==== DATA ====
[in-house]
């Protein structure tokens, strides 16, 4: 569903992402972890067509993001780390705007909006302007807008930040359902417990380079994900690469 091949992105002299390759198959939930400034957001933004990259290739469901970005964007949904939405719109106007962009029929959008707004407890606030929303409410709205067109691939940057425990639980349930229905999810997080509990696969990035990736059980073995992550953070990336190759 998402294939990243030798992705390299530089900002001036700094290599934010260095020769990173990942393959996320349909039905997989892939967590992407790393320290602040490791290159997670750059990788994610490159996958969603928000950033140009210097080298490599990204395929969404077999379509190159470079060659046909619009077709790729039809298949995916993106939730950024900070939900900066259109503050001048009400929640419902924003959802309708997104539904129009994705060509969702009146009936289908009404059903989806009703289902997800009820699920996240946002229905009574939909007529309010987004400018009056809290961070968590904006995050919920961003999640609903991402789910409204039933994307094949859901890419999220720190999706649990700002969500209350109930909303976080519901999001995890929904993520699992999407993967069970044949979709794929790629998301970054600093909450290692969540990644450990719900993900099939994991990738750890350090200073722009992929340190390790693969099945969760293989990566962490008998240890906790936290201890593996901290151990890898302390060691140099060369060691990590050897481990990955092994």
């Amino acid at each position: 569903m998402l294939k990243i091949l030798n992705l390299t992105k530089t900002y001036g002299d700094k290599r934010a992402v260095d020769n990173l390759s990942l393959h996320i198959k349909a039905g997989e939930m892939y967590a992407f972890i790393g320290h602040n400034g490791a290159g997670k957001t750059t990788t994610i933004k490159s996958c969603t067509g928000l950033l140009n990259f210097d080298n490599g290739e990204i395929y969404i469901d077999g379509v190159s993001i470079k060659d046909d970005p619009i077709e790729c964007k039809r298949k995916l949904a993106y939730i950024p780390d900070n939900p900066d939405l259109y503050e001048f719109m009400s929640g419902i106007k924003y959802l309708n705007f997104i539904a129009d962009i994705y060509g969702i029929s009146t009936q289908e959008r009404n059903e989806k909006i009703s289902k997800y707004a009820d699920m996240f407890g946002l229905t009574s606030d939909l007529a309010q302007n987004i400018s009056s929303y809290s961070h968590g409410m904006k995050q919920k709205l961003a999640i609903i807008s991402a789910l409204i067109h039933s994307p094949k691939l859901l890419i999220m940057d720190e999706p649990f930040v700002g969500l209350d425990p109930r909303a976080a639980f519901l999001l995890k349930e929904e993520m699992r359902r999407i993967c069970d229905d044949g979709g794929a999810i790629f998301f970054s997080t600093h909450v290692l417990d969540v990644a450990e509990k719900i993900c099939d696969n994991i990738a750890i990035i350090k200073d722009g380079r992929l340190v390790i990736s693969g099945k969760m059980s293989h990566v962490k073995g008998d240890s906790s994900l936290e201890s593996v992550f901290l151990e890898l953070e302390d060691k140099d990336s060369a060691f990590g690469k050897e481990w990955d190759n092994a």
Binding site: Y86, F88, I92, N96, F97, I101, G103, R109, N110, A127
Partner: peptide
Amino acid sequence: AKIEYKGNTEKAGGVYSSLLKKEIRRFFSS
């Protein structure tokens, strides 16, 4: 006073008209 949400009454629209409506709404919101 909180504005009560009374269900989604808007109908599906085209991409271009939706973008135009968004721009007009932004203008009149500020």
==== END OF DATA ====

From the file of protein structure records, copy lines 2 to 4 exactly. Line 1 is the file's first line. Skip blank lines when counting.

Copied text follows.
């Protein structure tokens, strides 16, 4: 569903992402972890067509993001780390705007909006302007807008930040359902417990380079994900690469 091949992105002299390759198959939930400034957001933004990259290739469901970005964007949904939405719109106007962009029929959008707004407890606030929303409410709205067109691939940057425990639980349930229905999810997080509990696969990035990736059980073995992550953070990336190759 998402294939990243030798992705390299530089900002001036700094290599934010260095020769990173990942393959996320349909039905997989892939967590992407790393320290602040490791290159997670750059990788994610490159996958969603928000950033140009210097080298490599990204395929969404077999379509190159470079060659046909619009077709790729039809298949995916993106939730950024900070939900900066259109503050001048009400929640419902924003959802309708997104539904129009994705060509969702009146009936289908009404059903989806009703289902997800009820699920996240946002229905009574939909007529309010987004400018009056809290961070968590904006995050919920961003999640609903991402789910409204039933994307094949859901890419999220720190999706649990700002969500209350109930909303976080519901999001995890929904993520699992999407993967069970044949979709794929790629998301970054600093909450290692969540990644450990719900993900099939994991990738750890350090200073722009992929340190390790693969099945969760293989990566962490008998240890906790936290201890593996901290151990890898302390060691140099060369060691990590050897481990990955092994």
């Amino acid at each position: 569903m998402l294939k990243i091949l030798n992705l390299t992105k530089t900002y001036g002299d700094k290599r934010a992402v260095d020769n990173l390759s990942l393959h996320i198959k349909a039905g997989e939930m892939y967590a992407f972890i790393g320290h602040n400034g490791a290159g997670k957001t750059t990788t994610i933004k490159s996958c969603t067509g928000l950033l140009n990259f210097d080298n490599g290739e990204i395929y969404i469901d077999g379509v190159s993001i470079k060659d046909d970005p619009i077709e790729c964007k039809r298949k995916l949904a993106y939730i950024p780390d900070n939900p900066d939405l259109y503050e001048f719109m009400s929640g419902i106007k924003y959802l309708n705007f997104i539904a129009d962009i994705y060509g969702i029929s009146t009936q289908e959008r009404n059903e989806k909006i009703s289902k997800y707004a009820d699920m996240f407890g946002l229905t009574s606030d939909l007529a309010q302007n987004i400018s009056s929303y809290s961070h968590g409410m904006k995050q919920k709205l961003a999640i609903i807008s991402a789910l409204i067109h039933s994307p094949k691939l859901l890419i999220m940057d720190e999706p649990f930040v700002g969500l209350d425990p109930r909303a976080a639980f519901l999001l995890k349930e929904e993520m699992r359902r999407i993967c069970d229905d044949g979709g794929a999810i790629f998301f970054s997080t600093h909450v290692l417990d969540v990644a450990e509990k719900i993900c099939d696969n994991i990738a750890i990035i350090k200073d722009g380079r992929l340190v390790i990736s693969g099945k969760m059980s293989h990566v962490k073995g008998d240890s906790s994900l936290e201890s593996v992550f901290l151990e890898l953070e302390d060691k140099d990336s060369a060691f990590g690469k050897e481990w990955d190759n092994a």
Binding site: Y86, F88, I92, N96, F97, I101, G103, R109, N110, A127